We travelled over to Perth on Wednesday for a family visit and a weekend with our grandchildren. First, we planned to spend a few days around Busselton in the south west of Western Australia.
Our departure was delayed for three hours due to the late arrival of our aircraft from Sydney. Sydney was experiencing a torrential downpour that day and it was causing havoc on the entire airline system in Australia. Flights were delayed or cancelled and the airport was full of frustrated passengers. Air traffic control would open Sydney airport for brief moments and closed it again as another storm cell covered the area. The Melbourne to Sydney air route is the second busiest in the world and a problem in Sydney stuffs everything up! Our flight was scheduled to leave at 9.05 am and we had been up since about 5.00 to get to the airport to catch it. The plane finally took off near 11.45 am and we had a very late breakfast on the flight. (It would have caused a delay of another hour to replace the food with a lunch meal and no one wanted to spend another 60 minutes doing that.
It was around 2.30 pm when we finally arrived into Perth. We were spending our first two nights at Busselton and much of the time that we had planned for sightseeing along the way had already gone. Western Australia, unlike most other states in Australia does not adopt summer time. I am fairly comfortable with the normal two hour time difference between the east and west coasts but a three hour difference, for some reason, is much more awkward for me. By the time we had dinner we were dog tired and found ourselves going bed at 8.00 pm after a long day. After all, we had been awake for fifteen hours by then.
The early history of European exploration of the Busselton area goes back to a French expedition in 1801 which brought Nicholas Baudin, with his ships the Géographe and Naturaliste, to the coast of Western Australia. Baudin named Geographe Bay and Cape Naturaliste after his vessels, and named the nearby river Vasse after one of his sailors, Thomas Vasse, who was lost as he went overboard and was believed to have drowned at sea. Busselton was one of the earliest settlements in Western Australia. It was first settled by the Bussell family, who moved there after the discovery of superior farm land in the area in 1834.. They established a cattle station and it quickly became one of the most prosperous stations in the colony,
The most outstanding attraction in Busselton now is the very long jetty. It is the longest wooden jetty (pier) in the Southern Hemisphere, stretching almost 2 km out to sea. Over the decades, it fell into disrepair but was renovated after major damage caused by Cyclone Alby in 1978 and a fire in 1999.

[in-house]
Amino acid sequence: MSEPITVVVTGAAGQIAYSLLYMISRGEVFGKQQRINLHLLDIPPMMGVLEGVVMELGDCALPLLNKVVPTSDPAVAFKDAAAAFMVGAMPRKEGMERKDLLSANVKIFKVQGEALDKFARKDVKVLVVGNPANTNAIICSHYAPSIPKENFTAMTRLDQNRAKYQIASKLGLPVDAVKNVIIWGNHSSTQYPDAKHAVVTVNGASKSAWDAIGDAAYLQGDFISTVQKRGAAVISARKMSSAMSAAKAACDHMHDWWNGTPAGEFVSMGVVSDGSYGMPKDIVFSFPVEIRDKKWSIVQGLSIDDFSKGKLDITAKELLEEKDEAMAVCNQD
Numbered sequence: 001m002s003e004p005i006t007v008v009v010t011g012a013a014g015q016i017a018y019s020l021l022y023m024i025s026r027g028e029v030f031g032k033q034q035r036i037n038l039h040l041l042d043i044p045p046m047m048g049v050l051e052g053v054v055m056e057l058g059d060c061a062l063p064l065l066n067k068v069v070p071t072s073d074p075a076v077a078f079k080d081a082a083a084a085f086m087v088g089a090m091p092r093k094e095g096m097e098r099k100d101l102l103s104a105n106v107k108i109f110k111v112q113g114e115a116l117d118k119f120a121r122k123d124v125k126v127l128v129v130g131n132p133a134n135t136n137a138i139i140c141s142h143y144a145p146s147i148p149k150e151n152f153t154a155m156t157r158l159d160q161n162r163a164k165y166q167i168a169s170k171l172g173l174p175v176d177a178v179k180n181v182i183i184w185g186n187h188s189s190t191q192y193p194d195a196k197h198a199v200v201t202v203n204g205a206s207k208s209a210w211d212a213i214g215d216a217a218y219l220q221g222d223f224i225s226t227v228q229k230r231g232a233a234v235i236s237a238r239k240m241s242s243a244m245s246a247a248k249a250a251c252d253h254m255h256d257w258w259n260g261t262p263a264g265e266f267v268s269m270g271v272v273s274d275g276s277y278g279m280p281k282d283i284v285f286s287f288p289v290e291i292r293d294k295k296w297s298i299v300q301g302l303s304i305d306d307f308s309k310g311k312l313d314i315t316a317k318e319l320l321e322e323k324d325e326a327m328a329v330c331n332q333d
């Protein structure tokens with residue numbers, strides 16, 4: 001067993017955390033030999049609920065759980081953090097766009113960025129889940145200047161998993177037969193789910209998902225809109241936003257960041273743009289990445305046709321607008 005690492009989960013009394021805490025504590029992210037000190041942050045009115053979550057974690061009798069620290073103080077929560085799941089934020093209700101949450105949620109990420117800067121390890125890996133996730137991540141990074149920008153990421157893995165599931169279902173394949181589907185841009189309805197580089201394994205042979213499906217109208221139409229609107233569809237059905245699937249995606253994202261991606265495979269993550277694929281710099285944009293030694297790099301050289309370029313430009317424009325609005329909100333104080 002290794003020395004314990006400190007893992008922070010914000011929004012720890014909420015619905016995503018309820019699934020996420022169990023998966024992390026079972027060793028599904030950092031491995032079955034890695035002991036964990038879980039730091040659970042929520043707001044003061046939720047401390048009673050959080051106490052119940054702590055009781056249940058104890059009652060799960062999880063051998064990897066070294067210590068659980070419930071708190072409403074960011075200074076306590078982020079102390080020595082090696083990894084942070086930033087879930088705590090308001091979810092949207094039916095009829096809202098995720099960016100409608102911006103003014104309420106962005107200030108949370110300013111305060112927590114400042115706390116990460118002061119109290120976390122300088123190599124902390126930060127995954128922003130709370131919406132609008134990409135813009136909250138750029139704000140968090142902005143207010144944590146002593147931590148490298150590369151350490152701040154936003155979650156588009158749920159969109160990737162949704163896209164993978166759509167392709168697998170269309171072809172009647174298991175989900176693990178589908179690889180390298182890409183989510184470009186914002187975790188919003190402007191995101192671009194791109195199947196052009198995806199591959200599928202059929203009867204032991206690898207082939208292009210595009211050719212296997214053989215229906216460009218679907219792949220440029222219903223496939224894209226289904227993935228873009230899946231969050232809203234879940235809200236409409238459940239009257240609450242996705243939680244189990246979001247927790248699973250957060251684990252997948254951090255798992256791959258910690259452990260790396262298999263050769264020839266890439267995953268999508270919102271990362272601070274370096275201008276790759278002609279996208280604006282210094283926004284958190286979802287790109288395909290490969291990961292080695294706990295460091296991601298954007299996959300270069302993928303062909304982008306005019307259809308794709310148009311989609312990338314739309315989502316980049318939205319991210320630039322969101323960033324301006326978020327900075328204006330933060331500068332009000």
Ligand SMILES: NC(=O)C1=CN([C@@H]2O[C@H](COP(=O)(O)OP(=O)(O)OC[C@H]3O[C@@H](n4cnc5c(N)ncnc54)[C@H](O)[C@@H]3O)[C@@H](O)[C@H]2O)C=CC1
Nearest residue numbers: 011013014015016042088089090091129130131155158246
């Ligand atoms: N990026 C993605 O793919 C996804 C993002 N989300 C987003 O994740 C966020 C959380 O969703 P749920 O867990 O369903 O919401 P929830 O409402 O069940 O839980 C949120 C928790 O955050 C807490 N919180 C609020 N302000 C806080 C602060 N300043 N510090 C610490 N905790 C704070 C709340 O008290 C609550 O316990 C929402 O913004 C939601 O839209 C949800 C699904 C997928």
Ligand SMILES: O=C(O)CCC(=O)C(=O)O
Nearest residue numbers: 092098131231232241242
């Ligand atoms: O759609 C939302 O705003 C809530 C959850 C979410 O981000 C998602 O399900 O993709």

Western Australia is a haven for wildflowers. Many are bright and bold and some were very visible from the car as we drove along the highway. Many banksias (named after the naturalist who travelled with Captain Cook, Joseph Banks) were in various stages of flower. Some were mature yellow and gold flowers while other juvenile flowers were bright green
We were intrigued by many small trees that were covered in strings of white flowers. After some research, we found that they were Willow Myrtles. They are quite an attractive medium sized tree with a pendular habit. They have clusters of small white flowers that grow on the branches in between the leaves in Spring and summer. They look a bit like a willow tree as they have shiny leaves that hang from the drooping branches.
This area of WA has a rugged and dramatic coastline. Near the ‘Swings and Roundabouts’ Winery where we stopped for lunch, was Cathedral Rock. It is reached via a fairly nondescript road that is easy to pass by. While it is just a rock outcrop on the coast, it is also the most southerly breeding ground of the red-tailed tropic bird in the world. These birds mate for life and use the same nests year after year.
Another scenic area of coastline is the area around Canal Rocks , near the town of Yallingup. These are an ancient and unusual rock formation, extending from a peninsula south of Smiths Beach on the coastline between the towns of Yallingup and Margaret River. These massive banks of granitic gneiss have eroded along a dead-straight line running north – south, forming the striking “canal” feature. Several smaller canals cross perpendicular to the main canal. In wild and stormy weather, massive waves smash against the rocks and churn through the canals. It’s a spectacular sight to see, even on a relatively calm day. I walked out across a wooden bridge over the turbulent water to an island of orange granite rocks on the other side of the first canal to take some photos.
We drove back to Busselton through some farmland. It is clear hat this has been a good year for haymaking. Many paddocks are covered with hundreds of hay bales.
Yesterday, we drove back to Perth for dinner and a weekend with David, Yuki and the boys. Our last point of interest was to drive through the famous Tuart tree forest that borders Geographe Bay. It is the only area in the world where these trees grow. These sub species of Eucalypts typically grow to a height of 10 to 40 metres. Taller trees are often found at the southern end of the tree’s range while smaller trees are found at the northern end. The crown of the tree can spread up to a width of 25 metres.
These tress come win many shapes but the best ones are completely circular. The tree cutters in the pioneering days were quite lazy. They looked across the forest but rarely left their camp site..They were always going to get a round tuart. (A terrible joke, I know, but the best I can do at this time).